Battling big odds to make start line
A persistent Achilles injury had put Ciarán O’Lionáird’s Olympic dream in jeopardy. He tells IAN O’RIORDANwhy it was worth fighting forMUSICIANS MIGHT feel cursed by the second album syndrome, and for Ciarán O’Lionáird last year’s glorious summer debut was always going to be a hard act to follow. It doesn’t help when you’re young, ambitious and a little rock’n’roll.
If the Olympics didn’t come round only once every four years he’d be nowhere near London right now, probably hiding out instead, maybe even in the Catskills. He’s accepted that it’s not going to be the performance that he’d planned on, but he’s won the ticket, and O’Lionáird is determined to enjoy the ride.
It’s not even a year yet since, with one single run, he improved his 1,500 metres best by nearly eight seconds to 3:34.46, moved to fourth on the Irish all-time list, qualified for the World Championships in Daegu, and the London Olympics.
For those who thought it was a fluke – and plenty of people did – O’Lionáird went on to make the final in Daegu and finish 10th, the best ever placing by an Irish athlete in the event, and better still looked entirely comfortable in such world-class company.
Onwards and upwards for 2012, or so he thought: this evening, in Santry, O’Lionáird will have only his second race of the summer, in the Morton Mile, and his 1,500 metres best so far this year is 3:50.12, probably one of the slowest times he’s run since his schoolboy days in Macroom.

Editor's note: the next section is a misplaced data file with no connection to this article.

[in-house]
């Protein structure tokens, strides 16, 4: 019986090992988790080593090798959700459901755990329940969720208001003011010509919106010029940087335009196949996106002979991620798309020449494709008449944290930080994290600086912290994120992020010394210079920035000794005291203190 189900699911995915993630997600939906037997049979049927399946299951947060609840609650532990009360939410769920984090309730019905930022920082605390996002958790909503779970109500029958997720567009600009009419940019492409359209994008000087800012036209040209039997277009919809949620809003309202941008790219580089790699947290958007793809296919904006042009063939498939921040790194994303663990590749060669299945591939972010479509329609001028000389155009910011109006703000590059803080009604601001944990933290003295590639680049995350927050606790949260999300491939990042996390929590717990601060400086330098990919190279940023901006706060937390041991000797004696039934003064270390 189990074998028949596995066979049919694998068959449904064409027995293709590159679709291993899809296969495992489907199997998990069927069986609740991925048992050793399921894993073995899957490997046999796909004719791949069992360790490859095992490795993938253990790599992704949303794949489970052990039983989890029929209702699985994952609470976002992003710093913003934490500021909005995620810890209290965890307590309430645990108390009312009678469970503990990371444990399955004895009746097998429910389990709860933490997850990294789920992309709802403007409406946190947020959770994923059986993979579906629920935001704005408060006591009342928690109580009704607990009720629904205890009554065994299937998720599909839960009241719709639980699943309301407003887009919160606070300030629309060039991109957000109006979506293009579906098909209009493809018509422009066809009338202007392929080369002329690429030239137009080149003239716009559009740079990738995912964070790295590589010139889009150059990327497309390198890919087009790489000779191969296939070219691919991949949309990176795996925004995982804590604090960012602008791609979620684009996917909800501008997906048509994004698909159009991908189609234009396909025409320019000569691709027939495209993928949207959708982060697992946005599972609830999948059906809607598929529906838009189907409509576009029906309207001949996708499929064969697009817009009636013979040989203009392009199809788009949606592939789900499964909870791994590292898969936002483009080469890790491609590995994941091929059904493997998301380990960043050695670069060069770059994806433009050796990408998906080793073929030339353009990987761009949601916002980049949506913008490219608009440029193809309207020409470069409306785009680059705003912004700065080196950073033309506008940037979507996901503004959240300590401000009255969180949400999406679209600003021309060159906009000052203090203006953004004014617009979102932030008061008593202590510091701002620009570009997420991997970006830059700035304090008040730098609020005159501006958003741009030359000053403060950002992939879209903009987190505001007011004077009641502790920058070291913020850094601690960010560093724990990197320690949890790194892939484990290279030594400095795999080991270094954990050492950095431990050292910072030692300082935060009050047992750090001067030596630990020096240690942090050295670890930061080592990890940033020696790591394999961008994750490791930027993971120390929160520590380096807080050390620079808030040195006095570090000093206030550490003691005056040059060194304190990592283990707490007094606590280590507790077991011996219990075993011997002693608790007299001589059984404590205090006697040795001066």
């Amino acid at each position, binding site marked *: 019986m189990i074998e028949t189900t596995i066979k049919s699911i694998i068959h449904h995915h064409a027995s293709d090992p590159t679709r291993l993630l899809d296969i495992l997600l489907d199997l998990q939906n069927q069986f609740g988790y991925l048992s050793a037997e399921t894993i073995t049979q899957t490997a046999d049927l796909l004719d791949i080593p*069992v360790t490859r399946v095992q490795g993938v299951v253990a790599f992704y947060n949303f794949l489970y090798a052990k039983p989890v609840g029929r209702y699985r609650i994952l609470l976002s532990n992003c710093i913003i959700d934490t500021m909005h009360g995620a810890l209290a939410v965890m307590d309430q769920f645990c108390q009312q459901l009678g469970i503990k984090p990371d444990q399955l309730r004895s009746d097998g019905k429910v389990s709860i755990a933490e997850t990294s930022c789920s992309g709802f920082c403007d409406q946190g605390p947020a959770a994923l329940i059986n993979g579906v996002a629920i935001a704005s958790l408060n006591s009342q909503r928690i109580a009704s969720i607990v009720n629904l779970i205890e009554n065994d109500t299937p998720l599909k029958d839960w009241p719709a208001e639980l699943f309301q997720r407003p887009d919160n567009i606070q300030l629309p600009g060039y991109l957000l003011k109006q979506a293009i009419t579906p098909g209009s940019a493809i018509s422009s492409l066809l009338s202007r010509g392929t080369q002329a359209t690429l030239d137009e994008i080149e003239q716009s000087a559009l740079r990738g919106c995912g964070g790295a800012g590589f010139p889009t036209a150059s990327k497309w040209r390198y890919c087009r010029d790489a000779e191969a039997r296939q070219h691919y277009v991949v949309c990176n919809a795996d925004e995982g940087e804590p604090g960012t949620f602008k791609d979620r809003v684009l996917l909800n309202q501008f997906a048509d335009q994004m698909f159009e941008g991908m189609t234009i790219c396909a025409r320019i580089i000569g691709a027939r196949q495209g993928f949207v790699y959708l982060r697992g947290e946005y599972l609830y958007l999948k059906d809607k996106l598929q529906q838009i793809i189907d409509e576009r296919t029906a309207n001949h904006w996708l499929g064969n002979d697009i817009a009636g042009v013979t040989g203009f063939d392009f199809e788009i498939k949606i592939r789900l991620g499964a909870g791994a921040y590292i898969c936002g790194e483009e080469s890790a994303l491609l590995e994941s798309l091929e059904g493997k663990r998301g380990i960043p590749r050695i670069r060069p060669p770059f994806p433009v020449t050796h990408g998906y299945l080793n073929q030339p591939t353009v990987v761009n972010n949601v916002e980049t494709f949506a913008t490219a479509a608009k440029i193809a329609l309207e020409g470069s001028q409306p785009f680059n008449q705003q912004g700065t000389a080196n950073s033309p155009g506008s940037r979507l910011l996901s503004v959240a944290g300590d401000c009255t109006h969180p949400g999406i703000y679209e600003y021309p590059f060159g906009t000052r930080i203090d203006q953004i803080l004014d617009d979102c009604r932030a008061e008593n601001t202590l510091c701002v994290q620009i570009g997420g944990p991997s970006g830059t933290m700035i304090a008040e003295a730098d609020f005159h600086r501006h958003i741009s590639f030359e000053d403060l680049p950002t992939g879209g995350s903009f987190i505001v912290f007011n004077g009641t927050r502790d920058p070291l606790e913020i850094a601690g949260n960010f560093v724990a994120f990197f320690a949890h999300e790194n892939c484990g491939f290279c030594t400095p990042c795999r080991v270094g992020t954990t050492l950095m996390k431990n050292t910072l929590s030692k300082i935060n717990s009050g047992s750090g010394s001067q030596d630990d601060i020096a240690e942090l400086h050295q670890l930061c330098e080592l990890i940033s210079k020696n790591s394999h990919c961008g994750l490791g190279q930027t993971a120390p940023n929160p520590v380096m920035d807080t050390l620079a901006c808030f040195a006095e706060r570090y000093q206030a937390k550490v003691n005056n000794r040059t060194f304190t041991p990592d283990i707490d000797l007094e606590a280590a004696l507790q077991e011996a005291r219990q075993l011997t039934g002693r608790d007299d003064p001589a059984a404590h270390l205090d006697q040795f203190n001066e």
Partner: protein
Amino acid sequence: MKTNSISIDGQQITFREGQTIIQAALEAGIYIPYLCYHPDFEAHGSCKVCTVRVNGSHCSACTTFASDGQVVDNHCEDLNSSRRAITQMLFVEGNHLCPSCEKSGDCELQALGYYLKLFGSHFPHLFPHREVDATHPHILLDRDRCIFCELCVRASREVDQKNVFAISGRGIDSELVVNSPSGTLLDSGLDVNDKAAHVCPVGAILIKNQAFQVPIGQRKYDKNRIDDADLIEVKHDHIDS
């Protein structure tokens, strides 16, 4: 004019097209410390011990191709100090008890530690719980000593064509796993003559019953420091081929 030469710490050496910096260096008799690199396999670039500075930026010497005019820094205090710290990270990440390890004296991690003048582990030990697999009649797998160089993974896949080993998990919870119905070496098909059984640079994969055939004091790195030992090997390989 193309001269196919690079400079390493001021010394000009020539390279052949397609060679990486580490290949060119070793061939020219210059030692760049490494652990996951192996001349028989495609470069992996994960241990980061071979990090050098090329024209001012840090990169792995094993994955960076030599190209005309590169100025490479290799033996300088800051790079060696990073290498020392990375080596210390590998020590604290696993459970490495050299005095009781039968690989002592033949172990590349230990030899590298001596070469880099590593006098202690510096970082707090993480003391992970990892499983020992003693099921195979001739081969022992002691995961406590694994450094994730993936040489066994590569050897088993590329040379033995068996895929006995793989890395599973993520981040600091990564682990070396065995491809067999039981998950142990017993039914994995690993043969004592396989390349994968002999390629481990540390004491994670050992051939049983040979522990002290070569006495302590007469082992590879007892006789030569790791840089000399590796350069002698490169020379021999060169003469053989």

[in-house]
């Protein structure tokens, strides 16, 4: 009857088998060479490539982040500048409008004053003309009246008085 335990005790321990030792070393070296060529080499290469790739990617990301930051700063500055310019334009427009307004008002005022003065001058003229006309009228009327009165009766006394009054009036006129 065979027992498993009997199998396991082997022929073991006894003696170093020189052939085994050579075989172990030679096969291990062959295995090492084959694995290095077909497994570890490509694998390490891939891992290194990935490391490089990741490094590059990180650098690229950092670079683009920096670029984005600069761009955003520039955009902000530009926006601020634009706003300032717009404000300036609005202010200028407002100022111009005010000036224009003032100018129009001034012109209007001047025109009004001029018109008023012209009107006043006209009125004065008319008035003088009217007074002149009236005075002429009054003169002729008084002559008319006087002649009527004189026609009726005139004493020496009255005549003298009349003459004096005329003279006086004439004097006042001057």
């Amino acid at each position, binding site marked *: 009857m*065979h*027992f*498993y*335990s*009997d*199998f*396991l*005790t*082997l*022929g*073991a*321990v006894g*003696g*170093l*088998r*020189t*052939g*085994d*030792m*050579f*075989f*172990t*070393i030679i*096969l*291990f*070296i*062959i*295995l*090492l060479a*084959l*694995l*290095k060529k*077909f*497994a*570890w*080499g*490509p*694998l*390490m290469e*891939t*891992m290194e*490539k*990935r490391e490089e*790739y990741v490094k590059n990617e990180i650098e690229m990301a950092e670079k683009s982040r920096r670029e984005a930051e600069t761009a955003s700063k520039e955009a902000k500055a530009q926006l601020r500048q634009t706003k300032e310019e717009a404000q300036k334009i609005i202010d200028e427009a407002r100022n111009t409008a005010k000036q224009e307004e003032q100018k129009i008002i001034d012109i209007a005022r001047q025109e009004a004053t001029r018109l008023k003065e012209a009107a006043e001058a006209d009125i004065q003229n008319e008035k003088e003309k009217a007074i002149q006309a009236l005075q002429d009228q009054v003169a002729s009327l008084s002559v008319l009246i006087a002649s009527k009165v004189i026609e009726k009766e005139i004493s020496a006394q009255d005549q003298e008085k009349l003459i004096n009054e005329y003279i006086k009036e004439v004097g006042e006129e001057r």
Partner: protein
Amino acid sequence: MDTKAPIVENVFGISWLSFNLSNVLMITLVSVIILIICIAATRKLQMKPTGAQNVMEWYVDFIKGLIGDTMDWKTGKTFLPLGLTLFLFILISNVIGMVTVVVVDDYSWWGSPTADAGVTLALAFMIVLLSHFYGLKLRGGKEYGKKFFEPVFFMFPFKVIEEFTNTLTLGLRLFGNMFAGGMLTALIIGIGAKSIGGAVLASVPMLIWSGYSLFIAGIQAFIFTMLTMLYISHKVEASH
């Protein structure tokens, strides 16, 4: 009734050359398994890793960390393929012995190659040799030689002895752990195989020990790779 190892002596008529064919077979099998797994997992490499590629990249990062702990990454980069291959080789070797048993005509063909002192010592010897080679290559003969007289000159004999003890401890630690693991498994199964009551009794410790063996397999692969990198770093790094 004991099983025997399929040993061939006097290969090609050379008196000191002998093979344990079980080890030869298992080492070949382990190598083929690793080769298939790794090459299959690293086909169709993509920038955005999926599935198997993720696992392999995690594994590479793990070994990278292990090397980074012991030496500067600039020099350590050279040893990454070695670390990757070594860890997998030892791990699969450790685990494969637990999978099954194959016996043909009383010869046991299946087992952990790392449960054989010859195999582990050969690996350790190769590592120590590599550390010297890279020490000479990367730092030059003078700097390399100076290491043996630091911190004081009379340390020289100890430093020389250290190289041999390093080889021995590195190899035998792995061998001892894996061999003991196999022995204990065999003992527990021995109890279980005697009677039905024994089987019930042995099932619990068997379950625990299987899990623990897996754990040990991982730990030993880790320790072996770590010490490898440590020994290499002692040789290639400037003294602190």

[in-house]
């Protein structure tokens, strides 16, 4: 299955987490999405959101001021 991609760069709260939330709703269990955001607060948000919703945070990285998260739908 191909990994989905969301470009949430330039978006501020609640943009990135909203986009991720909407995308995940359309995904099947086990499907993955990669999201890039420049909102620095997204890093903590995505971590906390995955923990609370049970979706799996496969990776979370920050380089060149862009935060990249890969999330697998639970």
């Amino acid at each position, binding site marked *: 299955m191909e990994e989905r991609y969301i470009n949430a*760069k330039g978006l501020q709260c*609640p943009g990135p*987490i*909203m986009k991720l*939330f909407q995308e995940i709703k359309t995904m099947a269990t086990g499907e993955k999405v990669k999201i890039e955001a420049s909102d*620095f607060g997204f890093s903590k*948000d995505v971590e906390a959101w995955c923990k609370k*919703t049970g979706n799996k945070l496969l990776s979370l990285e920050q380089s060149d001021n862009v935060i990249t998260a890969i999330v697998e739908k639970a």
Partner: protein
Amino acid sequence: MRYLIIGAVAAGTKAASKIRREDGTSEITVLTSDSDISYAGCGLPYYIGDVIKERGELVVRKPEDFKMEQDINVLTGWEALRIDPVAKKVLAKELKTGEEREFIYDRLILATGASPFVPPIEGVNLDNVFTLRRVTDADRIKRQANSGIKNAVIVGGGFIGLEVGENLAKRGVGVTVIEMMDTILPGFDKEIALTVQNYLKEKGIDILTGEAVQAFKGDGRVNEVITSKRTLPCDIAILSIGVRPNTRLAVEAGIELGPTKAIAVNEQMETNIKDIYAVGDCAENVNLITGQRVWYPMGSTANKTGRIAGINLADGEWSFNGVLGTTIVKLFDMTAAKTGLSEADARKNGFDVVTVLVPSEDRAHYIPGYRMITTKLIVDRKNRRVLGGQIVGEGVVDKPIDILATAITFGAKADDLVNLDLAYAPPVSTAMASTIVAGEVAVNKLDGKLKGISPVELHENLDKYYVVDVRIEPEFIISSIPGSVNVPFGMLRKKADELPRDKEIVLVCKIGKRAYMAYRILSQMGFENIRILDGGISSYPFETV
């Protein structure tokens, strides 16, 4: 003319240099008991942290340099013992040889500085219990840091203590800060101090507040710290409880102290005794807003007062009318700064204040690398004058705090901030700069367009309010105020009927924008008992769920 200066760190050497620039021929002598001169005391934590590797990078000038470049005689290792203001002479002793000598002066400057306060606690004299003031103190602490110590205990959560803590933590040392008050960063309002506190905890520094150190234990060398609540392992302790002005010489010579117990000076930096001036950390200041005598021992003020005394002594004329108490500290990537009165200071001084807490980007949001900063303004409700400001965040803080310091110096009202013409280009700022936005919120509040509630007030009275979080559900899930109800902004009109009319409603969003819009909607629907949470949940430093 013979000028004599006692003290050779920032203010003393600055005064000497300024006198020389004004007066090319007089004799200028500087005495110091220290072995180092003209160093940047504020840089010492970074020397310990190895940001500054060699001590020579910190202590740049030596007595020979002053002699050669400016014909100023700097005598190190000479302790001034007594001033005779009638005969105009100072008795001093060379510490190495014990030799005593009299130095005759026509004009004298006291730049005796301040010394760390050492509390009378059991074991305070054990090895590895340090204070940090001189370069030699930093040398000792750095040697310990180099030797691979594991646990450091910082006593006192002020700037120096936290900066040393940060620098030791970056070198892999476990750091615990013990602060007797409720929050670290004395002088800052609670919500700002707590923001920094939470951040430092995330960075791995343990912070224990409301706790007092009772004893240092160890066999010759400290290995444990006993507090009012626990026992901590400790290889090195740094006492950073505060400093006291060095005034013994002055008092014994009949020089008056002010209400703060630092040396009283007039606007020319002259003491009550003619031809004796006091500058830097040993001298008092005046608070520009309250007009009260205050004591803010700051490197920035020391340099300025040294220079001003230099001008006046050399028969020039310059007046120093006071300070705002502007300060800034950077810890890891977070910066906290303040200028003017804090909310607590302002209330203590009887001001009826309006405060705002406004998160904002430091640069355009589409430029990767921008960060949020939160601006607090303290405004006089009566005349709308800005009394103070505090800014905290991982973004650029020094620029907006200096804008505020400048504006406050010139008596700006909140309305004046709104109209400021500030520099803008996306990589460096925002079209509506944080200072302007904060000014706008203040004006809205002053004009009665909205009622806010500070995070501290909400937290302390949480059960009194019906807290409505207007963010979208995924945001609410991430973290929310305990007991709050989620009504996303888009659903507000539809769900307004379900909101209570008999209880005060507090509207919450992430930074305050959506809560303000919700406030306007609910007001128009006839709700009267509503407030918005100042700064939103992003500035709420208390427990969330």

It’s no secret or mystery as to what’s gone wrong, but simply a chronic inflammation of his left Achilles tendon – which first came on during the indoor season, soon crippled his ability to train, and very nearly pulled the curtain down on 2012 before it ever really began. A lesser man would almost certainly have limped away, but O’Lionáird, perhaps stubbornly, ran on, and for that Irish distance running has a lot to be thankful for.
At 24, O’Lionáird may only be coming into his prime, but he’s embraced the sport with levels of openness and enthusiasm that quickly set him apart – at least on the social networks. Though his daily tweets and extensive Facebook blogs it’s been access all areas, and usually fascinating, occasionally daunting, and, as his appearance in the London Calling documentary series also proved, always entertaining.
For the past week he’s been based in London, in Teddington, having finally got through his first outdoor race of the summer at last week’s Cork City Sports. He finished fifth in the mile, clocking 3:58.84, which removed at least some of the physical and mental doubts going into the Olympics.
“People are saying to me now, ‘you’re healthy, it must be great to be healthy’, and I kind of laugh, because healthy really is a relative term,” he says, and by that O’Lionáird means that he’s still considerably restricted when it comes to doing the proper speed work necessary for an Olympic 1,500 metres.
It won’t help that this year, like every Olympic year, has seen the 1,500 metres move into a higher gear: in 2011, no man broke 3:30, and so far this year three men have, the best of which is the 3:28.88 that reigning Olympic champion Asbel Kiprop ran in Monaco just last Friday night.